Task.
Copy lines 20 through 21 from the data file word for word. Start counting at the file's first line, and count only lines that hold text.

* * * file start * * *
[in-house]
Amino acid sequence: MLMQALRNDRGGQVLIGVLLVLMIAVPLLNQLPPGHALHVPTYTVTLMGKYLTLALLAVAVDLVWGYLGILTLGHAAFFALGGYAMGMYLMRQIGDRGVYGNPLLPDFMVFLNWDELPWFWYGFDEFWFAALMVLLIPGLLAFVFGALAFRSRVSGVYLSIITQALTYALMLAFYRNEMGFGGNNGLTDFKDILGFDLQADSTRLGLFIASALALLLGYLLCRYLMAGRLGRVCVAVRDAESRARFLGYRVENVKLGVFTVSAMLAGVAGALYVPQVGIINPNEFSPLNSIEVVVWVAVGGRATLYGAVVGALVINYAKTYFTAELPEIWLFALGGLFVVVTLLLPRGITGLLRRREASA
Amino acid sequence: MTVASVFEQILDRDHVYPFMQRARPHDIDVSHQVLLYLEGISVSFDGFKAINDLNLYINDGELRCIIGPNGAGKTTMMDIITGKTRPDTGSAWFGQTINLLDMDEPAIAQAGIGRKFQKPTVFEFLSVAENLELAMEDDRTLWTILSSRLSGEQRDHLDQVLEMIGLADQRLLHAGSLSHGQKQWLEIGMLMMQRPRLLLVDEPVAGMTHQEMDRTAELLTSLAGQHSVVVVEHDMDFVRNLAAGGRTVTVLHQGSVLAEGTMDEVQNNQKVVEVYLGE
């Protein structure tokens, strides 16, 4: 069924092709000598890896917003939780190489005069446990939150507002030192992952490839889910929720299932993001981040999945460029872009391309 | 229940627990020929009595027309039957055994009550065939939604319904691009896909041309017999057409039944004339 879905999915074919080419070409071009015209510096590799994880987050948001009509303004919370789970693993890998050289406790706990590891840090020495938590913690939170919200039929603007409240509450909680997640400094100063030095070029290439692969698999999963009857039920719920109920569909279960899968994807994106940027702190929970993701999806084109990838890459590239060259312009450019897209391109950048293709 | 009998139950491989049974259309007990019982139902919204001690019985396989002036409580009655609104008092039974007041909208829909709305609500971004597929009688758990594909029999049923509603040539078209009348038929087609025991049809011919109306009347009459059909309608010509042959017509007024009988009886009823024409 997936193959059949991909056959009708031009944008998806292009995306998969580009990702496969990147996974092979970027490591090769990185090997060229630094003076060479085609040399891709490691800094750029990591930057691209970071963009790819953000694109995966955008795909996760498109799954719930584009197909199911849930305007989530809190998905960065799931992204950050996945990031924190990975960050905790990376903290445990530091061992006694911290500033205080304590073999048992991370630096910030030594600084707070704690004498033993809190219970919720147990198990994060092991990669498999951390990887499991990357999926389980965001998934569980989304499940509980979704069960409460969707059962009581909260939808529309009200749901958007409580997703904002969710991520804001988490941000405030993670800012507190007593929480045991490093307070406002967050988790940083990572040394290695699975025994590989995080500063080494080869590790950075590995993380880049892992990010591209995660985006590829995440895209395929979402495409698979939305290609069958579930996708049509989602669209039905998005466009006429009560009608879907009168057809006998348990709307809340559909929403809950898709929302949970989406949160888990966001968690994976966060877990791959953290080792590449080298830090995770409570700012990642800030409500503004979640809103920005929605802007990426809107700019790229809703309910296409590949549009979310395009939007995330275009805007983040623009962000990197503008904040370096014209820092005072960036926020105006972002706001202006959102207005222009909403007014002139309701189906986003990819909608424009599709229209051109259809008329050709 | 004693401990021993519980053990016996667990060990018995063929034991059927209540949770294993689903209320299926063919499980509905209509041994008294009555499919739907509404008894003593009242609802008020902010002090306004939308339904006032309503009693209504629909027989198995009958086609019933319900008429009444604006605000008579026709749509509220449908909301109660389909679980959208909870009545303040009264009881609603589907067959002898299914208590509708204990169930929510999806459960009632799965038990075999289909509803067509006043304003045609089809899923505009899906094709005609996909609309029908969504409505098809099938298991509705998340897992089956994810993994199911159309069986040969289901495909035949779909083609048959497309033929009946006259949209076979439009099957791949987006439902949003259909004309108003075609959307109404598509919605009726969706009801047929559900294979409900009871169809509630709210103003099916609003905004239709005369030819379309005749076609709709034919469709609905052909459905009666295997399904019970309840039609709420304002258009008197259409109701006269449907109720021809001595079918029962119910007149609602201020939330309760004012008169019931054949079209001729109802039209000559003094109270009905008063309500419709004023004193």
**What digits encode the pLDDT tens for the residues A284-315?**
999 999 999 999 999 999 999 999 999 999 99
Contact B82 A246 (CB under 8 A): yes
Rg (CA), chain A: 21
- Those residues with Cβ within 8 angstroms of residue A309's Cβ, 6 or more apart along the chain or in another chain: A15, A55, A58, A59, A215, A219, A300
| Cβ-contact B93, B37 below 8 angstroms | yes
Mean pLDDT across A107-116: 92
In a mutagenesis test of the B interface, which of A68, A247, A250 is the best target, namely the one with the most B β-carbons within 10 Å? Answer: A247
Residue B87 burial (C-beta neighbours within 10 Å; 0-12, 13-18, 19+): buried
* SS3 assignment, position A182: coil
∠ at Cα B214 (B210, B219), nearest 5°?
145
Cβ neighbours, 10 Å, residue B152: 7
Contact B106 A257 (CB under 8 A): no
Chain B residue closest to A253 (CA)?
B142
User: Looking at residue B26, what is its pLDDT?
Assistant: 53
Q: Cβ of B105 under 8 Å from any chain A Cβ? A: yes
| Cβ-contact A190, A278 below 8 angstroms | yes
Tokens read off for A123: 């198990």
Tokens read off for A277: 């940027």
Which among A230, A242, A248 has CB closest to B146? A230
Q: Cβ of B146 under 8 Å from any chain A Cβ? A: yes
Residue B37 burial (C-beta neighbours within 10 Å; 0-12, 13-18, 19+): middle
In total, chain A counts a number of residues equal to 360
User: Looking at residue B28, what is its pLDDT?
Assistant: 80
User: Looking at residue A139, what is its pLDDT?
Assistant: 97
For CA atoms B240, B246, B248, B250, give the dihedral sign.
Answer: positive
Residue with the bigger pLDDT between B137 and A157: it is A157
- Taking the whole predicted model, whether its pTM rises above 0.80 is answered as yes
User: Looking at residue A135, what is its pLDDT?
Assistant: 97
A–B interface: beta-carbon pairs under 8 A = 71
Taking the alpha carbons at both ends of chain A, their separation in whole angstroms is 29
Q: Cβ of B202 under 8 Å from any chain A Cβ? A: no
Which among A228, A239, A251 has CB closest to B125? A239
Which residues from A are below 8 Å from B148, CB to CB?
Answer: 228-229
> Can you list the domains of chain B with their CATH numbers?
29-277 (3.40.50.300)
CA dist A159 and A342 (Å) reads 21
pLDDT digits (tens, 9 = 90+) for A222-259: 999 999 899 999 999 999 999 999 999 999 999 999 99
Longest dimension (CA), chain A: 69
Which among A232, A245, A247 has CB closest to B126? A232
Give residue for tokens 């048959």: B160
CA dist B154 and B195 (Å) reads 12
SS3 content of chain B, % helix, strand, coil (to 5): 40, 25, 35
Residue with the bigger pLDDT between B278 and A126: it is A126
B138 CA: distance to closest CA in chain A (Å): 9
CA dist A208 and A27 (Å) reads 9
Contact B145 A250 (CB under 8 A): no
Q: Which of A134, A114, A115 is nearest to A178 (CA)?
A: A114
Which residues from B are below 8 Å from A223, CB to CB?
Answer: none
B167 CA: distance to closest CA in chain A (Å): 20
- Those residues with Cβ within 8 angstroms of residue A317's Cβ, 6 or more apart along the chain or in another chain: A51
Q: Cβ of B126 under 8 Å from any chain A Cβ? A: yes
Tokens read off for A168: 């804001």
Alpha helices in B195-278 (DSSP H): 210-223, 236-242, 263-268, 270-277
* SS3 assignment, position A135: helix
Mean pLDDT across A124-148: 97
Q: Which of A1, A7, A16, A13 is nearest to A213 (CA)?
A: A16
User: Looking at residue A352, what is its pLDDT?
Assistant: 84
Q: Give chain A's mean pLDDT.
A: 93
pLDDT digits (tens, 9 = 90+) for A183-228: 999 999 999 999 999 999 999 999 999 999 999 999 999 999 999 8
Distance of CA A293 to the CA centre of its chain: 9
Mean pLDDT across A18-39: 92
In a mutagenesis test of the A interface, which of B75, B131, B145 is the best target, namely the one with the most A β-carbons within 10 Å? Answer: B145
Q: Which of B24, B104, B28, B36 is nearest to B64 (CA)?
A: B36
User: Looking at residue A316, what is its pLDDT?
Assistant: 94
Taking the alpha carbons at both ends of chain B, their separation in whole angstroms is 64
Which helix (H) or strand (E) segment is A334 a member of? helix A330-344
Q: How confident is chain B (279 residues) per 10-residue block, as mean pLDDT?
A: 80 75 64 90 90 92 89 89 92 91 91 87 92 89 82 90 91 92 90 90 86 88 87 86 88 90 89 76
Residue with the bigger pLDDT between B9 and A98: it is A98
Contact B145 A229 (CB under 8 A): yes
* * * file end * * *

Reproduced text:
B142
User: Looking at residue B26, what is its pLDDT?